To recreate the look of these earlier photographs, we don't need a time machine, or to go back to using plates or cut film and wet techniques in the darkroom. We can produce similar effects with our digital equipment, accessories and in editing. The first stage is to determine the factors we have mentioned above or those we feel matter. I would suggest producing a list of features we are looking to include and then to look at how we can mimic each of these.
Here are a few suggestions to get you started
Print size and shape. Older formats are generally less letterbox shape than current ones. Sheet film came in many sizes as did plates. Film sizes also varied considerably with common sizes being, plate 8.5x6.5 inches, half plate and quarter plate varying in size slightly. 10 by 8 inches being an early plate size along with 5x4 and 2 1/2 by 3 1/2 inches. The following three tables will help you to identify the size and shape.
Another alternative is to look up individual historic cameras and see the format and shape, remember there were many.
What colour do you want your image to be. In many better cameras you can take images in black and white, sepia etc, from in camera settings. Nikon for example, in many of their cameras, have a range of shades in a range of colours, and if use RAW images you can switch back after to colour or to any of the other tones, likewise any RAW colour photo can after be switched to any of the tonal images.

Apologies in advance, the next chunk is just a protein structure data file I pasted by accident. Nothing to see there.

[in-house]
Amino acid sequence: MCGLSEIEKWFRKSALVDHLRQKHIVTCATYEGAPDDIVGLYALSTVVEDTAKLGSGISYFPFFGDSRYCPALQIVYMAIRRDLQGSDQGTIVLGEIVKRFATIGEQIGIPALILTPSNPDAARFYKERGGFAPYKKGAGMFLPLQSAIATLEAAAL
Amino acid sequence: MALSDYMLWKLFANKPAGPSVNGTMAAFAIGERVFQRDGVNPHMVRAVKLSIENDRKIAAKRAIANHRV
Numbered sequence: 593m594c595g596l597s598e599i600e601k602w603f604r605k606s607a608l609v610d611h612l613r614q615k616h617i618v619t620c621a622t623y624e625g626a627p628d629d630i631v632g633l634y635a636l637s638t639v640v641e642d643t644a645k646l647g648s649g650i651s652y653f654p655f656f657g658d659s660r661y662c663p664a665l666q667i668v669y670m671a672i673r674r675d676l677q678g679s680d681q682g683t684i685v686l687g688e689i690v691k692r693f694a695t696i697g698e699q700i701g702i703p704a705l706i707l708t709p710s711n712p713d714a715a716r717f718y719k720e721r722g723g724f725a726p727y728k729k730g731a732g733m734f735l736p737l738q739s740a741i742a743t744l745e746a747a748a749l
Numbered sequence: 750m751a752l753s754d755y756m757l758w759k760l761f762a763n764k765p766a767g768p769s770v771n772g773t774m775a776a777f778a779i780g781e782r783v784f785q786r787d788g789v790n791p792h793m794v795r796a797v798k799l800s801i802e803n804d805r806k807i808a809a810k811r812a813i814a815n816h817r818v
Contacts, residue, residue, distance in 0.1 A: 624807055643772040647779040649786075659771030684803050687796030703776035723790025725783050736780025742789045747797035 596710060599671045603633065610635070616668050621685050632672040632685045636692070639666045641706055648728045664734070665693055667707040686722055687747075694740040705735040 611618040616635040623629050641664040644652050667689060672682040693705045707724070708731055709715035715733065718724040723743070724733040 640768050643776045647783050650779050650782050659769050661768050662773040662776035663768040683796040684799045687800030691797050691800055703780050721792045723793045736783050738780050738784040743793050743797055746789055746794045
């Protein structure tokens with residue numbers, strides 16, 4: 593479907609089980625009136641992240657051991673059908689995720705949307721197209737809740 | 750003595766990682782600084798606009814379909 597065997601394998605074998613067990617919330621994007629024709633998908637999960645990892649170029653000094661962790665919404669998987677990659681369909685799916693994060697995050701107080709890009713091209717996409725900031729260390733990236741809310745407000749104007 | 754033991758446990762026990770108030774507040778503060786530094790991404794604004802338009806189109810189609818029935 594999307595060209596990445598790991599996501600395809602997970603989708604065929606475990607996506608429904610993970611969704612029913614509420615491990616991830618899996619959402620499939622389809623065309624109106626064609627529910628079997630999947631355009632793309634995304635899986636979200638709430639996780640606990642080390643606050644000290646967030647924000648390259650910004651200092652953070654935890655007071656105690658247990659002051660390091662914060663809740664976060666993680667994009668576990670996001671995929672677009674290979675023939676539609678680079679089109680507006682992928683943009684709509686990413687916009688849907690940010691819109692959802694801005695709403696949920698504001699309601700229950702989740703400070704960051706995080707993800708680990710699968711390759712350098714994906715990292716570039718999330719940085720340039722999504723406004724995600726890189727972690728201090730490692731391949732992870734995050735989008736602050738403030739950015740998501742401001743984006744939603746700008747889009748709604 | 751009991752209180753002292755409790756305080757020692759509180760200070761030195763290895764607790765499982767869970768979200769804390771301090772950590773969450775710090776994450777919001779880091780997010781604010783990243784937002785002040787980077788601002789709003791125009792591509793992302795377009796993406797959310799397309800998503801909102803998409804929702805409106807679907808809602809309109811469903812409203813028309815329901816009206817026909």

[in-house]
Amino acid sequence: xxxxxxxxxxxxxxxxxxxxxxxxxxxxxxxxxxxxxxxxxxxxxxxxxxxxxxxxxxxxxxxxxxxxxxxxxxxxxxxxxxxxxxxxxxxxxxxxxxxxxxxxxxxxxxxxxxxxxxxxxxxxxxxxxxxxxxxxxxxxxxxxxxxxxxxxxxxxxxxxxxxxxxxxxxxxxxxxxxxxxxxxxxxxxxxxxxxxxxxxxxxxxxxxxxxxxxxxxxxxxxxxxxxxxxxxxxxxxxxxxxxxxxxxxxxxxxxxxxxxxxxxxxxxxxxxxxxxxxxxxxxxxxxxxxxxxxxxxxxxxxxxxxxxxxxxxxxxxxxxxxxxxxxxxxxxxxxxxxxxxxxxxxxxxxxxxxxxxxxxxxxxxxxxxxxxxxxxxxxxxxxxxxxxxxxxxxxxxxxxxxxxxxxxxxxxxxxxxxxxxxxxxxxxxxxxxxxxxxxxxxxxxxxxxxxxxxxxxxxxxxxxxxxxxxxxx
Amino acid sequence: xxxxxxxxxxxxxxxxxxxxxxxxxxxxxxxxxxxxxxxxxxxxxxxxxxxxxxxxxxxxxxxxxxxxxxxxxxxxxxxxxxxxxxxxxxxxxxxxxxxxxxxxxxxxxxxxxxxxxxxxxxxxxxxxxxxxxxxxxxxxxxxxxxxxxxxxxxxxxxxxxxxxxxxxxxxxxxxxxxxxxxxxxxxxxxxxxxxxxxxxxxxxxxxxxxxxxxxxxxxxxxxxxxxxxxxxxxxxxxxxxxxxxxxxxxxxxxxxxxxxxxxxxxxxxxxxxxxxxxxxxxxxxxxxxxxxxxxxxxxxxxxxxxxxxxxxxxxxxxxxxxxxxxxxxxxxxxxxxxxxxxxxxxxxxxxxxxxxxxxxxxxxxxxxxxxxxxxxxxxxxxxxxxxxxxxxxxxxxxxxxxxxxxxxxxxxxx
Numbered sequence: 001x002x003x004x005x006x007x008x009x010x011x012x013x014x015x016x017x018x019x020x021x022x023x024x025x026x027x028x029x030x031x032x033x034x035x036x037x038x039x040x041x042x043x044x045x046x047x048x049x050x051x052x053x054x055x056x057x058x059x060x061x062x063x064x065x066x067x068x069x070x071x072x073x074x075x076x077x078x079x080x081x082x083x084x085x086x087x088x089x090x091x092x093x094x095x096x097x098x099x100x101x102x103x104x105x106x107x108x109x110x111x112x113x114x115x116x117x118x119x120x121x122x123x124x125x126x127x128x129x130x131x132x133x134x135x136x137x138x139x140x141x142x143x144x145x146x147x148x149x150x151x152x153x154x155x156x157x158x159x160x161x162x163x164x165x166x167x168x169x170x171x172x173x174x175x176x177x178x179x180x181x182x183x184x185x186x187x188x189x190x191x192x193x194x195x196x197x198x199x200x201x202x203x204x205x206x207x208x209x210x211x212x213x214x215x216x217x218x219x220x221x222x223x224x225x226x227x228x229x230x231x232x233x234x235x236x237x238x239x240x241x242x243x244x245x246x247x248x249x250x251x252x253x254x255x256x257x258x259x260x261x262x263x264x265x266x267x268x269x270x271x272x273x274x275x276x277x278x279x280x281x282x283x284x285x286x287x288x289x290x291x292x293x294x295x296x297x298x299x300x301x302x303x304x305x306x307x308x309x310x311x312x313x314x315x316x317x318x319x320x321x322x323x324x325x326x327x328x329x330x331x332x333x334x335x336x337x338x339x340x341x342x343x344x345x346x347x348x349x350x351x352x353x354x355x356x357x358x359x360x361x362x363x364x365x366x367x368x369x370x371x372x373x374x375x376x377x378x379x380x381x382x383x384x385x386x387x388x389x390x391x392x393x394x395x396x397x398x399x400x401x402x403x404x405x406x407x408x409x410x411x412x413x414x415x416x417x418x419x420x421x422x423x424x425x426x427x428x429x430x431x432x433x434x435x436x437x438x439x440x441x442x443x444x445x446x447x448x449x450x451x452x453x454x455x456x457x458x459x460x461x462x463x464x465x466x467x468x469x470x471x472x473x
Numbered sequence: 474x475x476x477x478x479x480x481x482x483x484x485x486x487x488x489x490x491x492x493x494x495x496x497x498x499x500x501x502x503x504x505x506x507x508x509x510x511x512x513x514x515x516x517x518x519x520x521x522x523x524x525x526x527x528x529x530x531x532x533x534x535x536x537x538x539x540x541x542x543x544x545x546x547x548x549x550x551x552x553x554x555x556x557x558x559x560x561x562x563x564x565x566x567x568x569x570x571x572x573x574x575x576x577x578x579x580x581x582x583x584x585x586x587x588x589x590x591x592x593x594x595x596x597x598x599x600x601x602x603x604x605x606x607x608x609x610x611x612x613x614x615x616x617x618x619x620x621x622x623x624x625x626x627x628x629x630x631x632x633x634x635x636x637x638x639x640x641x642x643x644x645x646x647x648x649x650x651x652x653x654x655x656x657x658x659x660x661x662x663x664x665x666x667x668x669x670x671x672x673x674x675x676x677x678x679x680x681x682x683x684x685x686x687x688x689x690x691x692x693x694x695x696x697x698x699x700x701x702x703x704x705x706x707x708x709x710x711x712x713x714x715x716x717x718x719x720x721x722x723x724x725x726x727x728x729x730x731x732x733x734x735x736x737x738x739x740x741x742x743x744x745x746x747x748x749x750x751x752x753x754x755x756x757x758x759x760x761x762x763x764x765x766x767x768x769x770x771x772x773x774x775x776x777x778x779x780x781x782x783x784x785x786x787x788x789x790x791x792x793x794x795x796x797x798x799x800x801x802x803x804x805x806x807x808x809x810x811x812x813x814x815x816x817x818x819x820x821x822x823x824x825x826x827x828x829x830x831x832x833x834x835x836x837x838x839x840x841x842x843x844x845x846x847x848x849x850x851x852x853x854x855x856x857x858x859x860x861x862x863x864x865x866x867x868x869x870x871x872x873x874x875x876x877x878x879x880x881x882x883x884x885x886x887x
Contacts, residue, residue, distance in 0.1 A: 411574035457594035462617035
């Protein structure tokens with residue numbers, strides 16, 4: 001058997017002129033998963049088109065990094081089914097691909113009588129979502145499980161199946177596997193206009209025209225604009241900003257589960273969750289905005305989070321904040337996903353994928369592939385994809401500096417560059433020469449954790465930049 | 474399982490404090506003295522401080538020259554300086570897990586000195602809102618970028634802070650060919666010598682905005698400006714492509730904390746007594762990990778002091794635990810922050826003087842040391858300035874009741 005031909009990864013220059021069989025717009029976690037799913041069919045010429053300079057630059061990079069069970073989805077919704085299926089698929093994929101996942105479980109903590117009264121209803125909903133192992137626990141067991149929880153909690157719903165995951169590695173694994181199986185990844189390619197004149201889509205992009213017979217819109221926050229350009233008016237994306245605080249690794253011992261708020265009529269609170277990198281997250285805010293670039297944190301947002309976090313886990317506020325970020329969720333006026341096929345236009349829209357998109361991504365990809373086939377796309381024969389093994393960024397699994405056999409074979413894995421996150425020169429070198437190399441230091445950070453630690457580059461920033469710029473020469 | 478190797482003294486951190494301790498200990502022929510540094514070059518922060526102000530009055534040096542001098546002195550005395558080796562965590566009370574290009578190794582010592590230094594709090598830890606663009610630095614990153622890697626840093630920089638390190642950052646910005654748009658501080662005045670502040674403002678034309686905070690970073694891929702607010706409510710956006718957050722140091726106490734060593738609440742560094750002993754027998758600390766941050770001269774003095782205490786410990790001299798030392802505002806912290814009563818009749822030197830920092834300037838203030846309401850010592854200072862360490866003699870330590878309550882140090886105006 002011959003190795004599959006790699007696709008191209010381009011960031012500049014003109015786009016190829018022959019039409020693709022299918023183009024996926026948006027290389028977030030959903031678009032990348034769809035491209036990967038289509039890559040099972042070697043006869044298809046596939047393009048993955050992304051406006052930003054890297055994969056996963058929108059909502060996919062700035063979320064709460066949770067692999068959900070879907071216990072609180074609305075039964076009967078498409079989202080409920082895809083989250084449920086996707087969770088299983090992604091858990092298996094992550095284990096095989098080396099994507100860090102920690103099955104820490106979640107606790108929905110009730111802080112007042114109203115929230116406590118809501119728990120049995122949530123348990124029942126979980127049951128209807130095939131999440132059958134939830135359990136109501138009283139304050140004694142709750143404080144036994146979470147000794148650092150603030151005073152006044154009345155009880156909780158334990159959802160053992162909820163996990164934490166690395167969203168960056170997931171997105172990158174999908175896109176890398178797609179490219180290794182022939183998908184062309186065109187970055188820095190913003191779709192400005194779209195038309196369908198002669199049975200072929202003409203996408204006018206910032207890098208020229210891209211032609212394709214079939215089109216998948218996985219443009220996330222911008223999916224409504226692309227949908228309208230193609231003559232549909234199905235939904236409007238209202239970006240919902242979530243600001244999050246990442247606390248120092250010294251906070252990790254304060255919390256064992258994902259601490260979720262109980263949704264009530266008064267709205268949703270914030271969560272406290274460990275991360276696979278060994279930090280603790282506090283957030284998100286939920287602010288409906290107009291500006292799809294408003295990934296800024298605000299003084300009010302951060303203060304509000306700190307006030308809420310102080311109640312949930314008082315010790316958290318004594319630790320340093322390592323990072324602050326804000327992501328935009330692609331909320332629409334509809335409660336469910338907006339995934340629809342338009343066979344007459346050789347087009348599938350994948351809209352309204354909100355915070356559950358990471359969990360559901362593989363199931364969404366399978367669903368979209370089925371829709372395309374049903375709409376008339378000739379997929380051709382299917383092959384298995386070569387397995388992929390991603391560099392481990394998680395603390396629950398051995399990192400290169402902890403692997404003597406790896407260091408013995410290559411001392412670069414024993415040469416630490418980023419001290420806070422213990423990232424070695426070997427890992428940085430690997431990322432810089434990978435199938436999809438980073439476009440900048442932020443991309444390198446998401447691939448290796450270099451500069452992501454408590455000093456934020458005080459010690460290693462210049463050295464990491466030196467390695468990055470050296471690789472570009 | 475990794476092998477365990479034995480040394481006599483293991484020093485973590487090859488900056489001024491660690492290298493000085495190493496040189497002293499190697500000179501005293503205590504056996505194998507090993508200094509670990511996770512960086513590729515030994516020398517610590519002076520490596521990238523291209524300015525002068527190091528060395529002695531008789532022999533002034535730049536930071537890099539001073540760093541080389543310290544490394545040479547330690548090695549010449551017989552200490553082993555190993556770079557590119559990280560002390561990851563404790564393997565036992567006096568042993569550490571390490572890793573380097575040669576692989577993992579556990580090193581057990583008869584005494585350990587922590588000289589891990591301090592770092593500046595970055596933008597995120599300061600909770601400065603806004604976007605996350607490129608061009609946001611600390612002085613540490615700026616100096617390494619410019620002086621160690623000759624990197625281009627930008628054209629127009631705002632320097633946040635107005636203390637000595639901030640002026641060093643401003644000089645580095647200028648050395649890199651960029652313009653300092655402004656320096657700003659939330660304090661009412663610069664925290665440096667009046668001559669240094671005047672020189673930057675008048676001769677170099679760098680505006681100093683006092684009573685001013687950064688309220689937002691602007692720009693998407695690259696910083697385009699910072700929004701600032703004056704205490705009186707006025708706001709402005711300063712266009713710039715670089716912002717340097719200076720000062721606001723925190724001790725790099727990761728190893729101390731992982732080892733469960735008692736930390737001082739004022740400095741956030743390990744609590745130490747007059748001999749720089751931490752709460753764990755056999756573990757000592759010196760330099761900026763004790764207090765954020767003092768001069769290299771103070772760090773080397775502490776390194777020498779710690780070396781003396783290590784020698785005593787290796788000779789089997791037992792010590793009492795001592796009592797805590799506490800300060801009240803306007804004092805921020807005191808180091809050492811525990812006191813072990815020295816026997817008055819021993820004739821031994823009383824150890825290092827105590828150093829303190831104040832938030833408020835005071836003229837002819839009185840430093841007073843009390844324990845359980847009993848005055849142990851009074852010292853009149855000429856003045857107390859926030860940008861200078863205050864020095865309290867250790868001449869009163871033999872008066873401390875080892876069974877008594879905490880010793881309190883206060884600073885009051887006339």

Relative tone shades for different colours, can be adjusted with filters, on the lens, in the camera settings or in editing afterwards. This is particularly relevant when you have two colours that produce the same shade of grey, for example red roses with green leaves, both are about the same grey, but if we use a red filter the red rose becomes lighter and the green leaf areas darker, while if we use a green filter the red rose becomes darker while the green leaf areas are lightened. The strength of the filter determining how great an effect it has. You can greatly improve skies and more using these techniques. For more information see:-
While you can do this all at the point when you are taking the photos, many editing packages have a range of filer effects mimicking these
Contrast. With chemical photography different paper grades were used to adjust the image contrast, today you can do this in the camera settings, but in practice its far easier to take a RAW image and adjust this back in editing.
Image sharpness, perhaps you want an image not as sharp as we are used to today, this can be done by using a poor lens, a soft effect lens or shooting through fine netting or the like. You can also simulate it in editing by a number of methods.